Tuvaluans are being forced to abandon their islands - the focus of their religion, and the only land they have known - and move to a foreign country, New Zealand. Their elected leader says he is "begging the international community" to take action against global warming, but he knows it is probably already too late. His people believe they have given birth to the last generation of Tuvaluans to ever know their homeland. The only question now is whether Tuvalu will die from a thousand small waves, or whether one of the increasingly frequent extreme weather events will wipe it - and its people - out in one fell swoop.
We did this. The death of Inuit civilisation and the drowning of Tuvalu are the direct and predictable result of human action. They are part of a cruel pattern, where the people who have contributed least to global warming - the world's poor - are suffering most from it. This is mirrored at the Montreal talks, where the poor countries are being forced to beg for the tiniest crumbs - please give us some cash to save the rainforests, massa - from the people who inflicted global warming on them in the first place. In his must-read book Ecological Debt, the environmentalist Andrew Simms proposes a new way to understand this scandal. Instead of seeing the poor world as owing us billions in cash borrowed by long-dead dictators, we should understand that, in fact, we owe a huge ecological debt to the poor. He writes: "If you take more than your fair share of natural resources, you run up an ecological debt. If you have a lifestyle that pushes an ecosystem beyond its ability to renew itself, you run up an ecological debt."
How can this vast debt be repaid? Logically, they should be redeemed by our governments, but - as the paltry proposals at Montreal show - they are lying spaced-out in a corner, sucking on an exhaust pipe. So the victims of global warming are increasingly looking past governments to the courts for justice. The people of Tuvalu are poised to challenge the energy companies in the international courts, while Inuit have lodged a complaint against the United States government with the Inter-American Commission of Human Rights (IACHR) for "destroying our habitat". Because the US is a signatory, if the IACHR finds against Bush the ruling will clear the way for massive class-action suits against energy companies within the United States itself. This could drive up the cost of petrol.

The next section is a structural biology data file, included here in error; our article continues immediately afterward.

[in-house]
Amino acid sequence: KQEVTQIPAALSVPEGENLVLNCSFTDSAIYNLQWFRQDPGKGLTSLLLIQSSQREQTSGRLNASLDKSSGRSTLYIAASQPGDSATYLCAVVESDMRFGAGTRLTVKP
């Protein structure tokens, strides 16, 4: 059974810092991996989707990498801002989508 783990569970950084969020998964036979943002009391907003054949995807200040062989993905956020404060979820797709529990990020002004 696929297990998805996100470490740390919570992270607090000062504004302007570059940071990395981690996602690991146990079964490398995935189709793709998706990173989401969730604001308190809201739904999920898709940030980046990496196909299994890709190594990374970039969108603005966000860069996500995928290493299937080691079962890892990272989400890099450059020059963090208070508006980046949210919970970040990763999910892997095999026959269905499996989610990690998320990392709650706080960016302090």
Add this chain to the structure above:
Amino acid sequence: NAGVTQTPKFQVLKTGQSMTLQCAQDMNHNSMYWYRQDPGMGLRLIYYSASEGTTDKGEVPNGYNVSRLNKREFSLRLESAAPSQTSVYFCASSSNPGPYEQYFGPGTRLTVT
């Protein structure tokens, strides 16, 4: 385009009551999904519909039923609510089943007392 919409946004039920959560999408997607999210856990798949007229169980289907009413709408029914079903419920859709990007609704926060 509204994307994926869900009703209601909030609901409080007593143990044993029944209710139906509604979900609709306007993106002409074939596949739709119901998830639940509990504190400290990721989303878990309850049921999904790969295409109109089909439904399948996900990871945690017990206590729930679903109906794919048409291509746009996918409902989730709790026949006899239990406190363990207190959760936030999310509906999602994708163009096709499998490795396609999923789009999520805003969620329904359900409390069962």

The oil industry itself is already extremely anxious about these lawsuits, holding the memory of the tobacco industry in its mind. Christopher C Horner, a lawyer for a group "friendly" with the oil industry called the Cooler Heads Coalition, told The New York Times: "The planets are aligned very poorly for us" on this issue. So could we be about to see the Roe v Wade-ing of global warming, as activists give up on feeble governments and save it for the judge?
Sheila stresses that court action is not enough, and her people are not the only ones walking on thin ice. "The Arctic is only an early warning system. This is coming for you, too."
This Saturday, people from across the world will be marching to pressure their governments to introduce binding legal restrictions on CO2 before our climate spirals even further into chaos. (You can find details about the London protest at www.foe.co.uk). Are you going to leave the Inuit and the Tuvaluans to march alone?Reuse content